During his 20 seasons with the Los Angeles Lakers, the greatest challenge Kobe Bryant faced was perhaps learning how to lead his teammates in different ways.
In the first half of his career, Bryant led by example as Shaquille O’Neal was the team’s vocal leader during their 2000-02 championship run. However, when O’Neal was traded to the Miami Heat prior to the 2004-05 NBA season, Bryant eventually learned he had to find a balance.
After the Lakers were twice eliminated in the first round of the playoffs by the Phoenix Suns, Bryant adjusted how he approached his teammates and won two championships in three consecutive NBA Finals appearances.
In order to get the best out of teammates, Bryant believes it goes beyond just passing them the basketball. He worked to accomplish that by joining them in social gatherings but then having an expectation early the next morning, via Lewis Howes of The School of Greatness:
“When I played, one of the things I had to learn was how to get the best out of my teammates. Most people think it’s a simple thing: pass them the ball. But that’s not how you make guys better. You have to really affect their behavior. Like, I would tell guys if we had back-to-backs, ‘I don’t care if we’re in Miami. I don’t care if we’re in a great city of Chicago, you can’t go out. Gotta get rest.’ But guys aren’t going to listen, right? So a few times I said, ‘We’ll all go out. We’ll go out together. I’ll drink with you.’ But the next morning, I’m banging on your door at five in the morning. ‘Let’s go!’ ‘Where we going?’ ‘I hung out with you, now you come hang out with me. This is what we do. Let’s go.’ And they’re at the gym, we’re working out, we hit the bus, we go to practice, we play that night. And they’re dead and like, ‘Lesson learned.’ Listen, if you’re going to do that, do that. But don’t let that comprise what we’re here to do. So you’ve got to show them, ‘Kob’ can do that and still has the energy to get up and do this. So either I got to meet that same energy or I gotta keep my butt in my room.’ … I think you have to listen and you have to pay attention to what your colleagues or teammates are saying. What are certain things that drive them? Certain things that motivate them, that trigger them.”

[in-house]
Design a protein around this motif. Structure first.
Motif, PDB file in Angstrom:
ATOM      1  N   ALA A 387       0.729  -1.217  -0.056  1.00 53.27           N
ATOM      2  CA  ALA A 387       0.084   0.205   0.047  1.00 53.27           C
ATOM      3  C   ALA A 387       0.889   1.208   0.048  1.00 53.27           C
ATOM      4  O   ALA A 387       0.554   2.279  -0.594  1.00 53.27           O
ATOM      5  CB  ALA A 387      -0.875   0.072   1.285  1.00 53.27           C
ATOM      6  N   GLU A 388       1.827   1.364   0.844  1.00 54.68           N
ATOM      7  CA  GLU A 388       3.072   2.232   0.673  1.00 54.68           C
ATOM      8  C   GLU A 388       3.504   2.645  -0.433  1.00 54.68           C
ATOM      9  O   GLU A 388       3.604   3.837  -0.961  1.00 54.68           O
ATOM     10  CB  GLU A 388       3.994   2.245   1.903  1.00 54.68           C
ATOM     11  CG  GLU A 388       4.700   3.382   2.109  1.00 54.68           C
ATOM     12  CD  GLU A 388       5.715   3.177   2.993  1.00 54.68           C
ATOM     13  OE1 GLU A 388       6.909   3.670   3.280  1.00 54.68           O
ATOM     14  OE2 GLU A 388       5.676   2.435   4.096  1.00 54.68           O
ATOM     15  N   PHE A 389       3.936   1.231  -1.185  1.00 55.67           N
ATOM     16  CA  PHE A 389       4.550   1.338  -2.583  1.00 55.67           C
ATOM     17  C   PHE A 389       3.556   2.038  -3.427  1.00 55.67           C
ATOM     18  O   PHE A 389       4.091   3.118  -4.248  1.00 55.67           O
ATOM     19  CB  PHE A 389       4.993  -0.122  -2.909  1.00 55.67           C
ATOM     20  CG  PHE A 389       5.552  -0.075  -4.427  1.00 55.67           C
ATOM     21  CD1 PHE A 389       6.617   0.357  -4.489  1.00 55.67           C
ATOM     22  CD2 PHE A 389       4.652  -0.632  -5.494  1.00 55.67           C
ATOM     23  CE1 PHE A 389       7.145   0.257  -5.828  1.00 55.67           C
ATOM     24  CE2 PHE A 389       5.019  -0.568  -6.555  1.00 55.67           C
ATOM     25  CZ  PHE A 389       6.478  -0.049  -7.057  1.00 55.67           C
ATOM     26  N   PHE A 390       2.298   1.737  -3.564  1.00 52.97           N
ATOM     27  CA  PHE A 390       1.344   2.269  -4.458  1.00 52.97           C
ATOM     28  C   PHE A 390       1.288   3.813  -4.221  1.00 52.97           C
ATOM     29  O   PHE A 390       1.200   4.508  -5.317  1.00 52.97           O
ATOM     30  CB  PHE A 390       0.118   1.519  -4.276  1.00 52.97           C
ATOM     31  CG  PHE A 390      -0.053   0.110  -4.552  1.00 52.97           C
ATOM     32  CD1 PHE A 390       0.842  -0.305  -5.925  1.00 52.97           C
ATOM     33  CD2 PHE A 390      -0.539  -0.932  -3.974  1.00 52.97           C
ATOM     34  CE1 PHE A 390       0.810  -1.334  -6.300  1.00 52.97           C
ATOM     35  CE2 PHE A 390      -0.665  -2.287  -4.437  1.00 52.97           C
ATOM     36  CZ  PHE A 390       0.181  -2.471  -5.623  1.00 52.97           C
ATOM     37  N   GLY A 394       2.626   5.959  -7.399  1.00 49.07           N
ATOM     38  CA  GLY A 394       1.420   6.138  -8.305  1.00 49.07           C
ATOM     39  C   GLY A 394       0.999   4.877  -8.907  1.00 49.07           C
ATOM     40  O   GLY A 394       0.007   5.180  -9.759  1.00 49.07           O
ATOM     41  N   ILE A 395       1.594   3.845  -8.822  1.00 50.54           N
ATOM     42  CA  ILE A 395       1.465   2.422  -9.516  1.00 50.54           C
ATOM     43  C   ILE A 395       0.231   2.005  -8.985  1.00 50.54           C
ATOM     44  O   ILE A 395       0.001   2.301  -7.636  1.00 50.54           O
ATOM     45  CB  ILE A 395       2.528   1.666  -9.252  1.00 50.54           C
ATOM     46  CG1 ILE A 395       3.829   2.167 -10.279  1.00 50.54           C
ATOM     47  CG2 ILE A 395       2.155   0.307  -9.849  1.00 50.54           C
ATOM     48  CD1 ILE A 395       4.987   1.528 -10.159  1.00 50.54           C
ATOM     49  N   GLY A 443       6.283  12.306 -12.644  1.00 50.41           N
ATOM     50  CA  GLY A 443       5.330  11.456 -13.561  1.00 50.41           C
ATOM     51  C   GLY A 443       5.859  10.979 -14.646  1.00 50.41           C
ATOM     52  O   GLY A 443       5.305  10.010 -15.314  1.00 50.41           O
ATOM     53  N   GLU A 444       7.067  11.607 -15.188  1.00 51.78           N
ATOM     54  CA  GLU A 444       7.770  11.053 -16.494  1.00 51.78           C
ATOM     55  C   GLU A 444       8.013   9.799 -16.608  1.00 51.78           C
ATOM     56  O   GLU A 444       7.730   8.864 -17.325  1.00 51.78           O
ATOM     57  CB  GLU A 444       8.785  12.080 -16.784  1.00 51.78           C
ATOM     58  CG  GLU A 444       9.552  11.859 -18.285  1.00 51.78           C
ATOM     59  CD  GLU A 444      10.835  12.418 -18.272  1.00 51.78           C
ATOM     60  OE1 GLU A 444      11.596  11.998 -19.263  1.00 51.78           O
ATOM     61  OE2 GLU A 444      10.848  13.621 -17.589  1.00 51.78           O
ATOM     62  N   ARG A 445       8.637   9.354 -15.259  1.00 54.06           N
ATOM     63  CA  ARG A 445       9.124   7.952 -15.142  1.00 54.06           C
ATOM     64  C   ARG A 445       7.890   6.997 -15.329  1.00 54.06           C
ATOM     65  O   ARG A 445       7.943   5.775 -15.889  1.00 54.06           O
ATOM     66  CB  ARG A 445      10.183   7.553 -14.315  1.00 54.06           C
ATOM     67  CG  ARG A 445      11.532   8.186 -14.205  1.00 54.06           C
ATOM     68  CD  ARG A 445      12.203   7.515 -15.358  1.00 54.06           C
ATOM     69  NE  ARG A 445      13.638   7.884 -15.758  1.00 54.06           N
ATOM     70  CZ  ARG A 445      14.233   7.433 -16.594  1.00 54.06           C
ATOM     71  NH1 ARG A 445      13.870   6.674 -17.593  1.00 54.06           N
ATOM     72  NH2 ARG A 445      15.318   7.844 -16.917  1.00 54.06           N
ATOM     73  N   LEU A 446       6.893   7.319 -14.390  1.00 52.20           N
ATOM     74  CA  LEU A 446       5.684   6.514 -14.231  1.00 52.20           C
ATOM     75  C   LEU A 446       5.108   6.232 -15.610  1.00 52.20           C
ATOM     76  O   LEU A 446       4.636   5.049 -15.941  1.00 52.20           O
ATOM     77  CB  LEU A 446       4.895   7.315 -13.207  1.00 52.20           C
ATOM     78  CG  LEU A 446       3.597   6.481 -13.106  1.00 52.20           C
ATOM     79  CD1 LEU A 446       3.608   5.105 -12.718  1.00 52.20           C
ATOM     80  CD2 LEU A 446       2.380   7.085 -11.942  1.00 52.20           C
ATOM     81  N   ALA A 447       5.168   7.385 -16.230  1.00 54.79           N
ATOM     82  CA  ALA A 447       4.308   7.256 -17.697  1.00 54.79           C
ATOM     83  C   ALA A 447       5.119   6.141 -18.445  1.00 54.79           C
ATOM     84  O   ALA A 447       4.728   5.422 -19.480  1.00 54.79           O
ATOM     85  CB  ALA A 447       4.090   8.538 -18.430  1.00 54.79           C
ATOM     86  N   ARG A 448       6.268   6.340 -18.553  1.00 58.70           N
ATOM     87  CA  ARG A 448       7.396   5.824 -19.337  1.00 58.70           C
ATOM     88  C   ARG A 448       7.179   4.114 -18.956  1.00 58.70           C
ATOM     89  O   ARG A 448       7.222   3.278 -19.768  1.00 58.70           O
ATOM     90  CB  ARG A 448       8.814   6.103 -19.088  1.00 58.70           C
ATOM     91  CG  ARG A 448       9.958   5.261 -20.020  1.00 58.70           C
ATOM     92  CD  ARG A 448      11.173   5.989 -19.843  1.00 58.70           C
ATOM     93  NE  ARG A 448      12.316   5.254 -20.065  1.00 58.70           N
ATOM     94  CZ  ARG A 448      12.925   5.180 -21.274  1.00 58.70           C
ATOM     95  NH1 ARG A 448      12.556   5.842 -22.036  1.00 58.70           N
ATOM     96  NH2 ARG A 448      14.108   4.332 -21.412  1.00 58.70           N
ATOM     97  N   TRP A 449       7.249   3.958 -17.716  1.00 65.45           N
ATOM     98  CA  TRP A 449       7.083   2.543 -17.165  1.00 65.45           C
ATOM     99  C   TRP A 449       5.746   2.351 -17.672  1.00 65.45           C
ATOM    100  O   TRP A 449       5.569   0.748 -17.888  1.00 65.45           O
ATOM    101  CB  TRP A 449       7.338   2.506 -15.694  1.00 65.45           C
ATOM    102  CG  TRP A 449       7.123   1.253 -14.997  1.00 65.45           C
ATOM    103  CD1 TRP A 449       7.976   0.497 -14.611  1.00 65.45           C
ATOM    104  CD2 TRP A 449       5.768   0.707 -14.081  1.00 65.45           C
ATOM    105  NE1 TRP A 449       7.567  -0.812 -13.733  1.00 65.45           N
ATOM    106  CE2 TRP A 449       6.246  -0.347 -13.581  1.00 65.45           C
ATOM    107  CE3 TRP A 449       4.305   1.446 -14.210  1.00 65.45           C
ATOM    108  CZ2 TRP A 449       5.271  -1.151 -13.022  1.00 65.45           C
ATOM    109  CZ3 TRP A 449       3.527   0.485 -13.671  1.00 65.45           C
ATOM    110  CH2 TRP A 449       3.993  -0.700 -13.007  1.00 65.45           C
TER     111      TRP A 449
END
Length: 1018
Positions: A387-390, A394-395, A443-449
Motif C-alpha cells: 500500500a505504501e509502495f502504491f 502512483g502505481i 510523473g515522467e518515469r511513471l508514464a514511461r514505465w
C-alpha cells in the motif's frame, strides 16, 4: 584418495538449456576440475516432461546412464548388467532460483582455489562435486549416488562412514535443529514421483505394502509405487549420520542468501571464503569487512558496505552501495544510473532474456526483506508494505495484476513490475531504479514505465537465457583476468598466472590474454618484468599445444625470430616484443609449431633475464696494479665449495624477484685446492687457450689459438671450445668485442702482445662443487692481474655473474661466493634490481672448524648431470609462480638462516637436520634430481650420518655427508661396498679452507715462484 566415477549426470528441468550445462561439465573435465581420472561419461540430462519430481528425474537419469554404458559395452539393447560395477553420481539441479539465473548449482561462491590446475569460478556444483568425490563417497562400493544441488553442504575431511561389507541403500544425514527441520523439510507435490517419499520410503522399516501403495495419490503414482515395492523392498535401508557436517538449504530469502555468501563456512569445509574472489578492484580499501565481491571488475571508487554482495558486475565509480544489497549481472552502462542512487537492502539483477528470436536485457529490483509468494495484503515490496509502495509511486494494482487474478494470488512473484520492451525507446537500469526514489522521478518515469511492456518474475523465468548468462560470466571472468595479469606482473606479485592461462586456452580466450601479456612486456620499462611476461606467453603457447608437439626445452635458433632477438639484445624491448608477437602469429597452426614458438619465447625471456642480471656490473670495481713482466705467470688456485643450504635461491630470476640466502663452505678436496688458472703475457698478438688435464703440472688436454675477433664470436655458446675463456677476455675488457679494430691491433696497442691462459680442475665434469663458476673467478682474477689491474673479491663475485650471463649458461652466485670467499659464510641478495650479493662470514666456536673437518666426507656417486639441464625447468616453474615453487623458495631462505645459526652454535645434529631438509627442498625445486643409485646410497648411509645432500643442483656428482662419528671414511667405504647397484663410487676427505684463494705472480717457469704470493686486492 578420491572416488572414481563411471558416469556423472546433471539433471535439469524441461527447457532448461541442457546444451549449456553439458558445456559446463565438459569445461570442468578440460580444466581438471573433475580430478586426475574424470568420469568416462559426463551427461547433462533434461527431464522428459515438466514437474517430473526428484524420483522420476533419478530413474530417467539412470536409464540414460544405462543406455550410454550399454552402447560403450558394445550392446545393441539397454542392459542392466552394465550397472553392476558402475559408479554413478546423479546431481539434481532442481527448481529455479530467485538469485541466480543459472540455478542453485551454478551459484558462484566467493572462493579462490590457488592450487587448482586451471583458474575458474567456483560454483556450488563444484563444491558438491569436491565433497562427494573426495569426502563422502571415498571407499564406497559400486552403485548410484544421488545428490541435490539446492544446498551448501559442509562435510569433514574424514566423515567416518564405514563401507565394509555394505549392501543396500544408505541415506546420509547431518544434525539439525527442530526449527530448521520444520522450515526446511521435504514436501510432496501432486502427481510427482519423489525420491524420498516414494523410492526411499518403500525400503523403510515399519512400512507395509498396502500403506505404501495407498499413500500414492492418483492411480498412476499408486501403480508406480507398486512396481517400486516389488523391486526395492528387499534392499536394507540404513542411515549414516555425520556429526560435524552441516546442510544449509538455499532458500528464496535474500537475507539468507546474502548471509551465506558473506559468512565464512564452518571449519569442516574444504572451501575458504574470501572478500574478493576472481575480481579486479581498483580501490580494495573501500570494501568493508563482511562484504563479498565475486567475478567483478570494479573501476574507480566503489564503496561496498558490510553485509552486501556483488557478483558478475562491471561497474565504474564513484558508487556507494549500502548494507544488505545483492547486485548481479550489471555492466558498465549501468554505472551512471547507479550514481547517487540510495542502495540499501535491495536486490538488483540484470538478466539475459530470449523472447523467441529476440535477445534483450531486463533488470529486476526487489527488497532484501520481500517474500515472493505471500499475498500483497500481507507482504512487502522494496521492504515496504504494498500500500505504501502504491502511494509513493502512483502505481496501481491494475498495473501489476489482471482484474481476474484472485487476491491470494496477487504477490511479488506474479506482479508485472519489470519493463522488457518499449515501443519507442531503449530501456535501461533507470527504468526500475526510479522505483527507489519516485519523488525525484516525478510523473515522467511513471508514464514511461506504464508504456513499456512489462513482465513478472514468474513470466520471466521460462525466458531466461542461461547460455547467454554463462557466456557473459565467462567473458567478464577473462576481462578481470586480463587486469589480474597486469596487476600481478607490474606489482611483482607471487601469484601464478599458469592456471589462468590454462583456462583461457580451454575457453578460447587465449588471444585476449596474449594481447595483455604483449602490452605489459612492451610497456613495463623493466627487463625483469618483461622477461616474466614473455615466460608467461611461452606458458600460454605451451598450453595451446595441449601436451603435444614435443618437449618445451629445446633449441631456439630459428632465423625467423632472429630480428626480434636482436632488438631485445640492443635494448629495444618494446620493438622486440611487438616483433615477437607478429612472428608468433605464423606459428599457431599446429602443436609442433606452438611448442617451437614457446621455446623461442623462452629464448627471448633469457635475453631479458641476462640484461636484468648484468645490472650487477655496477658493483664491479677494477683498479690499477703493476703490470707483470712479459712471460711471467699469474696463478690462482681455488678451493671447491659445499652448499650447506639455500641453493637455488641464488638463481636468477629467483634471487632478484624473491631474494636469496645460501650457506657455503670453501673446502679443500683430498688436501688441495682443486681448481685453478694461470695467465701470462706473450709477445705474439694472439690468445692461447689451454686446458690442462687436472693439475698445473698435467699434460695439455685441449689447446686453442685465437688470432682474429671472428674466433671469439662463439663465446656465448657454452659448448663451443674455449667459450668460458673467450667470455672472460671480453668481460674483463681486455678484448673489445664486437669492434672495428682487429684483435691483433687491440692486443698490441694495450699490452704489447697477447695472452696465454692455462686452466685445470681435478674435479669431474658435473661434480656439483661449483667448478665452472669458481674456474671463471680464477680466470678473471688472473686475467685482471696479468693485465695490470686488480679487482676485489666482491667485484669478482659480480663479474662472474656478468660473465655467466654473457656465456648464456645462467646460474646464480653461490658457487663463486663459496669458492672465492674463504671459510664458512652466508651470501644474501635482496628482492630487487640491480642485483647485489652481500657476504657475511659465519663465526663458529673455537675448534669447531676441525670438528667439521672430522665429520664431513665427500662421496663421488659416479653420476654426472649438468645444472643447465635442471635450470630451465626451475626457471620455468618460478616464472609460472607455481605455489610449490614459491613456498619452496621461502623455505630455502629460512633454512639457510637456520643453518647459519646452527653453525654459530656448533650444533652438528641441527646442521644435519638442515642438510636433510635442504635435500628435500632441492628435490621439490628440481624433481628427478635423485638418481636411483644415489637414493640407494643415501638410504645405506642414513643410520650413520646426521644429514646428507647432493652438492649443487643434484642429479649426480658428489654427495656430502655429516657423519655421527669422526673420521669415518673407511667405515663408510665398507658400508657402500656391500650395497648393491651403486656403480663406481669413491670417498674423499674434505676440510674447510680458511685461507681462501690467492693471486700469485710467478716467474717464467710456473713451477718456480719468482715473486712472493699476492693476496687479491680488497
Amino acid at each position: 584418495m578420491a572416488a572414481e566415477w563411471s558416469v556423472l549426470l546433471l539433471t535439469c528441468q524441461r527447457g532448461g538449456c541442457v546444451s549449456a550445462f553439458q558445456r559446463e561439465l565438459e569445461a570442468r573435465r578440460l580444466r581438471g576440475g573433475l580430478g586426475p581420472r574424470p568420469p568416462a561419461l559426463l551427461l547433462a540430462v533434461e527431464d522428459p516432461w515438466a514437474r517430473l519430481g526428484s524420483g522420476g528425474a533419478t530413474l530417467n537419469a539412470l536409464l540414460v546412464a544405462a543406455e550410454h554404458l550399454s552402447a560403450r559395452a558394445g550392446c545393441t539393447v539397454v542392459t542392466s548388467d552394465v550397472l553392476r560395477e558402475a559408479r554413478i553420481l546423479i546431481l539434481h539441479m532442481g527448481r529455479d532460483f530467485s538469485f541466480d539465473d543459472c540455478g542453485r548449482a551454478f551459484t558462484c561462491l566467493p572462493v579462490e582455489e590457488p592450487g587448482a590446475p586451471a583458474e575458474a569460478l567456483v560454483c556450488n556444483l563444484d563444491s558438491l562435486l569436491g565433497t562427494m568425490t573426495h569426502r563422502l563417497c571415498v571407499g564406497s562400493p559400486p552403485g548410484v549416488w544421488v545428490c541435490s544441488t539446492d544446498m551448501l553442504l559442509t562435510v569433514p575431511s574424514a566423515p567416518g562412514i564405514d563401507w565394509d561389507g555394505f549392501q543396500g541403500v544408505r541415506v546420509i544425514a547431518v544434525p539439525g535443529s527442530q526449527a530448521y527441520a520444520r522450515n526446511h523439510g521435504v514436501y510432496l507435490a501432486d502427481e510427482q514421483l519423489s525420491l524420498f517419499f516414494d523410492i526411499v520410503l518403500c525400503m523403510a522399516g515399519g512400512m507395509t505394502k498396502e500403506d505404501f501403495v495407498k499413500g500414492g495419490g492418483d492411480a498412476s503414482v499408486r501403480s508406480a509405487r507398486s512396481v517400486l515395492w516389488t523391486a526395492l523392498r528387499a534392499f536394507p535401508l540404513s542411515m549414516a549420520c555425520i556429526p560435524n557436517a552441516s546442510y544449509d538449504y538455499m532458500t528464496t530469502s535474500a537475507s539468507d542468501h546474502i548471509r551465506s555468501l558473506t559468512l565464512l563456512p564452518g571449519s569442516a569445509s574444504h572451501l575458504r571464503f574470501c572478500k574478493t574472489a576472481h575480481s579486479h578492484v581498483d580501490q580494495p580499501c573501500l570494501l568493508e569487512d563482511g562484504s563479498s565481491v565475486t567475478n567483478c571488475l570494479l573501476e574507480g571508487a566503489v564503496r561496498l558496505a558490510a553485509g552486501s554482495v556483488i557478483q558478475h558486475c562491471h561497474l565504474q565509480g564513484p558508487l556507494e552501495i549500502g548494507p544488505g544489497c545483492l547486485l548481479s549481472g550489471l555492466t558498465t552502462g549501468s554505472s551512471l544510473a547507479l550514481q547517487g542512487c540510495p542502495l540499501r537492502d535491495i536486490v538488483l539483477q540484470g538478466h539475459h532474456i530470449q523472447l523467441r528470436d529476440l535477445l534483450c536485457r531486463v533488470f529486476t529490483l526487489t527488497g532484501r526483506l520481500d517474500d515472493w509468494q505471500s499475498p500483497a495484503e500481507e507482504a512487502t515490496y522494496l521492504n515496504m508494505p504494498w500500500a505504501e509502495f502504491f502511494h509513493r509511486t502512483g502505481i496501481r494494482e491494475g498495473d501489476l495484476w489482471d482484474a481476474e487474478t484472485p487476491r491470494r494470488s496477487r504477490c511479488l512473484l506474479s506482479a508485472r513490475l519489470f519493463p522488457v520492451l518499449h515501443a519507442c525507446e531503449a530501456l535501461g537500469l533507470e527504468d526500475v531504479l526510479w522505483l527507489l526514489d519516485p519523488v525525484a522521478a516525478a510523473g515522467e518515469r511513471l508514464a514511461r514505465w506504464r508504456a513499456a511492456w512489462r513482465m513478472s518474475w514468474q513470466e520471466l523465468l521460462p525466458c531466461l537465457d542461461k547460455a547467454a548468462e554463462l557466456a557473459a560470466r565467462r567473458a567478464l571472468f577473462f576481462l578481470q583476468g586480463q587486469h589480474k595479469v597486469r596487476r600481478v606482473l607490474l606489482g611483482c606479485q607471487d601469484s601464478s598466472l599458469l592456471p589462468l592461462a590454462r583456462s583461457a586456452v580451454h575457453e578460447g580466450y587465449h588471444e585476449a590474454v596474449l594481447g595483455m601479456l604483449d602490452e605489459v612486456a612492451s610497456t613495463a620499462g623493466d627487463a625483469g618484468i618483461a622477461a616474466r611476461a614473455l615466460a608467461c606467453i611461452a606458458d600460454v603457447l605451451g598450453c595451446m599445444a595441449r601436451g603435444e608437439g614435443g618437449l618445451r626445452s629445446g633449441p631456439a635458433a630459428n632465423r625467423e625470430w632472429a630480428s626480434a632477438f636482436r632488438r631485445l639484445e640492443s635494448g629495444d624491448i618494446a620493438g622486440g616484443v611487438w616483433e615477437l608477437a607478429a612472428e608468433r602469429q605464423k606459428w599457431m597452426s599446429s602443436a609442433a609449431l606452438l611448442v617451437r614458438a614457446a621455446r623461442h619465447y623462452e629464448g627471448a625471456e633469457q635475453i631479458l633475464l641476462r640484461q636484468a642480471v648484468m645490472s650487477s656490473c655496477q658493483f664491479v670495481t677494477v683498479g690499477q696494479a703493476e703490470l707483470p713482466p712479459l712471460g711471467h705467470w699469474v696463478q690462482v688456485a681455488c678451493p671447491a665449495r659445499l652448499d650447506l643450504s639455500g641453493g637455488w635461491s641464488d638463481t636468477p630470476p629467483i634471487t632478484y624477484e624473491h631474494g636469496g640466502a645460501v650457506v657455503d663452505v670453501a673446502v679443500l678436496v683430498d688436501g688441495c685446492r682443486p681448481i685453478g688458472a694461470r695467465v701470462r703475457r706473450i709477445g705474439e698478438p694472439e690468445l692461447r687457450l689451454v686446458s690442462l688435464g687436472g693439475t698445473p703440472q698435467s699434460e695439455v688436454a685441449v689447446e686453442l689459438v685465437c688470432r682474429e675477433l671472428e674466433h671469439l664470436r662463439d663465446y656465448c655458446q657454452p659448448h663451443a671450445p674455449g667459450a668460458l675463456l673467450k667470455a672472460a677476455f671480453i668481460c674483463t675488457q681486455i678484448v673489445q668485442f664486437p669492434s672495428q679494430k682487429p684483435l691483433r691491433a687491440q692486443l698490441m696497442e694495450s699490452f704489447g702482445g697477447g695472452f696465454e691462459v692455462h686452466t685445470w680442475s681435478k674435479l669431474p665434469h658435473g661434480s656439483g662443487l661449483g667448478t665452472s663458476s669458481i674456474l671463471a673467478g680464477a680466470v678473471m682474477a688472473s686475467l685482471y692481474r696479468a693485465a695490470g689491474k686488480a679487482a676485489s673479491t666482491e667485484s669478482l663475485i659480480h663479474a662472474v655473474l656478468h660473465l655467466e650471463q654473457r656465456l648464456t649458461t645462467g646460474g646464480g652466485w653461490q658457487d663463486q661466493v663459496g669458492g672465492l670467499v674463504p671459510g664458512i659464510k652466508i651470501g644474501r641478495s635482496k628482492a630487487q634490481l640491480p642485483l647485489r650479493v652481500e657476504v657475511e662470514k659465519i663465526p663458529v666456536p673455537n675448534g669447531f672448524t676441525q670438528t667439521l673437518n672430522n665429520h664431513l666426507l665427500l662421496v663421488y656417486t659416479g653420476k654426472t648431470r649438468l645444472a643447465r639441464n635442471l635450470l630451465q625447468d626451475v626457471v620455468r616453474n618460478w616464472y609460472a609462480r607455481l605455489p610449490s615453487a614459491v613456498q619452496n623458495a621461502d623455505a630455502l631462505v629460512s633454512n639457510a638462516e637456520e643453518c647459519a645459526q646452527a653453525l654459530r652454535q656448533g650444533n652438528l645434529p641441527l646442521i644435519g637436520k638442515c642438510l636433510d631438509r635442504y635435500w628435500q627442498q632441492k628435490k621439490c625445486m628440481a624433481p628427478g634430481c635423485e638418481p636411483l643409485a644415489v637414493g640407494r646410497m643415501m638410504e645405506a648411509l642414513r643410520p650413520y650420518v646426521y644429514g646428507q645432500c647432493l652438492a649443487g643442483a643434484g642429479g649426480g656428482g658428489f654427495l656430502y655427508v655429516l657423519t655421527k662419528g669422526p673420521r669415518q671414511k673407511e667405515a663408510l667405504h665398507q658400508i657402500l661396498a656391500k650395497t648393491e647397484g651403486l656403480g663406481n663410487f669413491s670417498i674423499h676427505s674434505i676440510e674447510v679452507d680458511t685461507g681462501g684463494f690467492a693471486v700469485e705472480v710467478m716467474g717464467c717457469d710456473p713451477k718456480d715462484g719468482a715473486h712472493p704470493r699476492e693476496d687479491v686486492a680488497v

From being the youngest to the oldest player on the roster, Bryant’s evolution as a leader was interesting to watch. As Bryant was the best player during the prime years of his career, he could easily win games by himself during the regular season.
Once the future Hall-of-Famer realized he needed his teammates to win championships, the focus was ensuring his supporting cast was well-prepared during the playoffs.